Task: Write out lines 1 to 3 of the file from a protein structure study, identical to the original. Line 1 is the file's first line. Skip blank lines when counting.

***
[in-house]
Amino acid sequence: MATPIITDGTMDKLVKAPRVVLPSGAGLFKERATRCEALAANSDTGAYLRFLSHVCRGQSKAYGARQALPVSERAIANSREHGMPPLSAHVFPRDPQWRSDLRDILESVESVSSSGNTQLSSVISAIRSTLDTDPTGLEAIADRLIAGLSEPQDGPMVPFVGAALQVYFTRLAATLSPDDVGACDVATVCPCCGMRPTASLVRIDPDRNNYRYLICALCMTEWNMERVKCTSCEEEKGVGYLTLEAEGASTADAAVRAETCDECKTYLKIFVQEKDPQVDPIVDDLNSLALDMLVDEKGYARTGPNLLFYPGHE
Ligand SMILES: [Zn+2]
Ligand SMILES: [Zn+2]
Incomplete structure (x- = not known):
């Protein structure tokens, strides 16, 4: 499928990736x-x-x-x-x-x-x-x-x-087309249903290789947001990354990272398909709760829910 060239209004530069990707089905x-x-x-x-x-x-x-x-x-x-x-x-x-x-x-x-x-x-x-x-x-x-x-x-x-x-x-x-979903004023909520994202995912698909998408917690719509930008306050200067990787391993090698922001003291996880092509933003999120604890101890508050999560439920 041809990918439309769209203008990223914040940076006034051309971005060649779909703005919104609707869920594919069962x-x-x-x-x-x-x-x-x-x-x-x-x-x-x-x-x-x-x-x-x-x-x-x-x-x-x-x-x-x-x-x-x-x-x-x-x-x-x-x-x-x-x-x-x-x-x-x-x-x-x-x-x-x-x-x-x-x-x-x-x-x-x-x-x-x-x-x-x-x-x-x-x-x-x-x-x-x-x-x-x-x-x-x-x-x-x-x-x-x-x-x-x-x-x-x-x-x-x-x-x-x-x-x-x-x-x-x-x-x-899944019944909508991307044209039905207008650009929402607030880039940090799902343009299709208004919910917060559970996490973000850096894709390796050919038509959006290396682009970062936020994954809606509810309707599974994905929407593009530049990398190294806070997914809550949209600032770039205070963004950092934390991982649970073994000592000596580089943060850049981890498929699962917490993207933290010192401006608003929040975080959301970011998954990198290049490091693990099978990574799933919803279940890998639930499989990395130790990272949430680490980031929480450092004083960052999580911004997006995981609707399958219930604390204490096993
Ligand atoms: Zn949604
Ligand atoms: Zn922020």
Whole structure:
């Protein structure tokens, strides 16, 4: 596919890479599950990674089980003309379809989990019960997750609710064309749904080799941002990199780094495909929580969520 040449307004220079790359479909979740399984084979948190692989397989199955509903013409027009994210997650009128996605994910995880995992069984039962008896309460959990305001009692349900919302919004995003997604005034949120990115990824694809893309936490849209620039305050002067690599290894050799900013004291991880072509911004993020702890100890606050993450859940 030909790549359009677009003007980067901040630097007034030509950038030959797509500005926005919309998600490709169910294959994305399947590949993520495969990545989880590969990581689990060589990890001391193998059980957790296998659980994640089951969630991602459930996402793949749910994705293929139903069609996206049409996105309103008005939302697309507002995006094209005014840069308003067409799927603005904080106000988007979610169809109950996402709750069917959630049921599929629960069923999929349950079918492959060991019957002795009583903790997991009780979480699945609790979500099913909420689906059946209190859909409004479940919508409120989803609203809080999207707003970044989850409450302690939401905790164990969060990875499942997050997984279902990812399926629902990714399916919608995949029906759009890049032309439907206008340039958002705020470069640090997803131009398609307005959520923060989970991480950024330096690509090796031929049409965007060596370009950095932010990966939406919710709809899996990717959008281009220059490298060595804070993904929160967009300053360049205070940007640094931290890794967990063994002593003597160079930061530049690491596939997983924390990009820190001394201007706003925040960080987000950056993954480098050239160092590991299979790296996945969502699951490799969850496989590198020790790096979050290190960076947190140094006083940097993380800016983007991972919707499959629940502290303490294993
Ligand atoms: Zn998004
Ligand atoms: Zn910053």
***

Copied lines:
[in-house]
Amino acid sequence: MATPIITDGTMDKLVKAPRVVLPSGAGLFKERATRCEALAANSDTGAYLRFLSHVCRGQSKAYGARQALPVSERAIANSREHGMPPLSAHVFPRDPQWRSDLRDILESVESVSSSGNTQLSSVISAIRSTLDTDPTGLEAIADRLIAGLSEPQDGPMVPFVGAALQVYFTRLAATLSPDDVGACDVATVCPCCGMRPTASLVRIDPDRNNYRYLICALCMTEWNMERVKCTSCEEEKGVGYLTLEAEGASTADAAVRAETCDECKTYLKIFVQEKDPQVDPIVDDLNSLALDMLVDEKGYARTGPNLLFYPGHE
Ligand SMILES: [Zn+2]